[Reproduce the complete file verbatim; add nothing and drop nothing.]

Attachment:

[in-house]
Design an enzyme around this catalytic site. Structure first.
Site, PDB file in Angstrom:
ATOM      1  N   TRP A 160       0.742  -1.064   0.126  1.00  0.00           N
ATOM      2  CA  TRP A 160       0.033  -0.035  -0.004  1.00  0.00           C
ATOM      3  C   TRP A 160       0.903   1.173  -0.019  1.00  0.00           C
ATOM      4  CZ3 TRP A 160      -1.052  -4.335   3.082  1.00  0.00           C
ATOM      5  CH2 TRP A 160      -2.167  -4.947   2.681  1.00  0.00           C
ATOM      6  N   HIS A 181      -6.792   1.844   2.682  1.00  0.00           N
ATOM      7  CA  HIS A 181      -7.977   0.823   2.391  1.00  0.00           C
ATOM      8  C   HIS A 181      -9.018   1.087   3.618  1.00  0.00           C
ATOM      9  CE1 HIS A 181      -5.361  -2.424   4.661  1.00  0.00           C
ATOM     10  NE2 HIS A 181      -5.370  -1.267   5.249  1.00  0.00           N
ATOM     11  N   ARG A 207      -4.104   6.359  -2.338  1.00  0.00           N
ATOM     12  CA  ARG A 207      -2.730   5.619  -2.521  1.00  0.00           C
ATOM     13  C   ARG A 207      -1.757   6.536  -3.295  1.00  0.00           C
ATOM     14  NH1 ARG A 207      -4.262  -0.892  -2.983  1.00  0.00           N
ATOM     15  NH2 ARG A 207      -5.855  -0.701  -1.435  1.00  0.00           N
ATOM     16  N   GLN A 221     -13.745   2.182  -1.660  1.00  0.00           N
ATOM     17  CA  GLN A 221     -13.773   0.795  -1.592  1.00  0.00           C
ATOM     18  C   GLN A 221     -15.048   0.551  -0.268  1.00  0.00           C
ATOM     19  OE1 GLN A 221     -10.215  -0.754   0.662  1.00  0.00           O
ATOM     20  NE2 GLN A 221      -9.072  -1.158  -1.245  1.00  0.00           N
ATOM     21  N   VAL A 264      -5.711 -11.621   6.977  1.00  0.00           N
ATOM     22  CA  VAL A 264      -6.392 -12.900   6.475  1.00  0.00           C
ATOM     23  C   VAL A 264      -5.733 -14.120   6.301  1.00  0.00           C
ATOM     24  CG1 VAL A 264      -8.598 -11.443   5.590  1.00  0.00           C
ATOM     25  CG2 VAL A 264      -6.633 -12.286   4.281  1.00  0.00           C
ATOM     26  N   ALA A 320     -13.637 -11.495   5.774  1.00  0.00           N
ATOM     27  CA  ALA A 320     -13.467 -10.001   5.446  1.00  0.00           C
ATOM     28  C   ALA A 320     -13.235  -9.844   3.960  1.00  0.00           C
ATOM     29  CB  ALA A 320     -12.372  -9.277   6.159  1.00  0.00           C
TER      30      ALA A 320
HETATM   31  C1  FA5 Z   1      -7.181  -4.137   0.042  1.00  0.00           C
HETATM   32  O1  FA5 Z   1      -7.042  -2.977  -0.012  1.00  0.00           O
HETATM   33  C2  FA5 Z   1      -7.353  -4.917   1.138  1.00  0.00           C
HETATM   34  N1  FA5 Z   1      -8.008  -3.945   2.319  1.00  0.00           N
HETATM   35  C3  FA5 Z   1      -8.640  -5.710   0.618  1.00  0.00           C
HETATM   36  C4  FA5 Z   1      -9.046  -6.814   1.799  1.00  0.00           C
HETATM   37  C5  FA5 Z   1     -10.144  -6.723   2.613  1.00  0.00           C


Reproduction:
[in-house]
Design an enzyme around this catalytic site. Structure first.
Site, PDB file in Angstrom:
ATOM      1  N   TRP A 160       0.742  -1.064   0.126  1.00  0.00           N
ATOM      2  CA  TRP A 160       0.033  -0.035  -0.004  1.00  0.00           C
ATOM      3  C   TRP A 160       0.903   1.173  -0.019  1.00  0.00           C
ATOM      4  CZ3 TRP A 160      -1.052  -4.335   3.082  1.00  0.00           C
ATOM      5  CH2 TRP A 160      -2.167  -4.947   2.681  1.00  0.00           C
ATOM      6  N   HIS A 181      -6.792   1.844   2.682  1.00  0.00           N
ATOM      7  CA  HIS A 181      -7.977   0.823   2.391  1.00  0.00           C
ATOM      8  C   HIS A 181      -9.018   1.087   3.618  1.00  0.00           C
ATOM      9  CE1 HIS A 181      -5.361  -2.424   4.661  1.00  0.00           C
ATOM     10  NE2 HIS A 181      -5.370  -1.267   5.249  1.00  0.00           N
ATOM     11  N   ARG A 207      -4.104   6.359  -2.338  1.00  0.00           N
ATOM     12  CA  ARG A 207      -2.730   5.619  -2.521  1.00  0.00           C
ATOM     13  C   ARG A 207      -1.757   6.536  -3.295  1.00  0.00           C
ATOM     14  NH1 ARG A 207      -4.262  -0.892  -2.983  1.00  0.00           N
ATOM     15  NH2 ARG A 207      -5.855  -0.701  -1.435  1.00  0.00           N
ATOM     16  N   GLN A 221     -13.745   2.182  -1.660  1.00  0.00           N
ATOM     17  CA  GLN A 221     -13.773   0.795  -1.592  1.00  0.00           C
ATOM     18  C   GLN A 221     -15.048   0.551  -0.268  1.00  0.00           C
ATOM     19  OE1 GLN A 221     -10.215  -0.754   0.662  1.00  0.00           O
ATOM     20  NE2 GLN A 221      -9.072  -1.158  -1.245  1.00  0.00           N
ATOM     21  N   VAL A 264      -5.711 -11.621   6.977  1.00  0.00           N
ATOM     22  CA  VAL A 264      -6.392 -12.900   6.475  1.00  0.00           C
ATOM     23  C   VAL A 264      -5.733 -14.120   6.301  1.00  0.00           C
ATOM     24  CG1 VAL A 264      -8.598 -11.443   5.590  1.00  0.00           C
ATOM     25  CG2 VAL A 264      -6.633 -12.286   4.281  1.00  0.00           C
ATOM     26  N   ALA A 320     -13.637 -11.495   5.774  1.00  0.00           N
ATOM     27  CA  ALA A 320     -13.467 -10.001   5.446  1.00  0.00           C
ATOM     28  C   ALA A 320     -13.235  -9.844   3.960  1.00  0.00           C
ATOM     29  CB  ALA A 320     -12.372  -9.277   6.159  1.00  0.00           C
TER      30      ALA A 320
HETATM   31  C1  FA5 Z   1      -7.181  -4.137   0.042  1.00  0.00           C
HETATM   32  O1  FA5 Z   1      -7.042  -2.977  -0.012  1.00  0.00           O
HETATM   33  C2  FA5 Z   1      -7.353  -4.917   1.138  1.00  0.00           C
HETATM   34  N1  FA5 Z   1      -8.008  -3.945   2.319  1.00  0.00           N
HETATM   35  C3  FA5 Z   1      -8.640  -5.710   0.618  1.00  0.00           C
HETATM   36  C4  FA5 Z   1      -9.046  -6.814   1.799  1.00  0.00           C
HETATM   37  C5  FA5 Z   1     -10.144  -6.723   2.613  1.00  0.00           C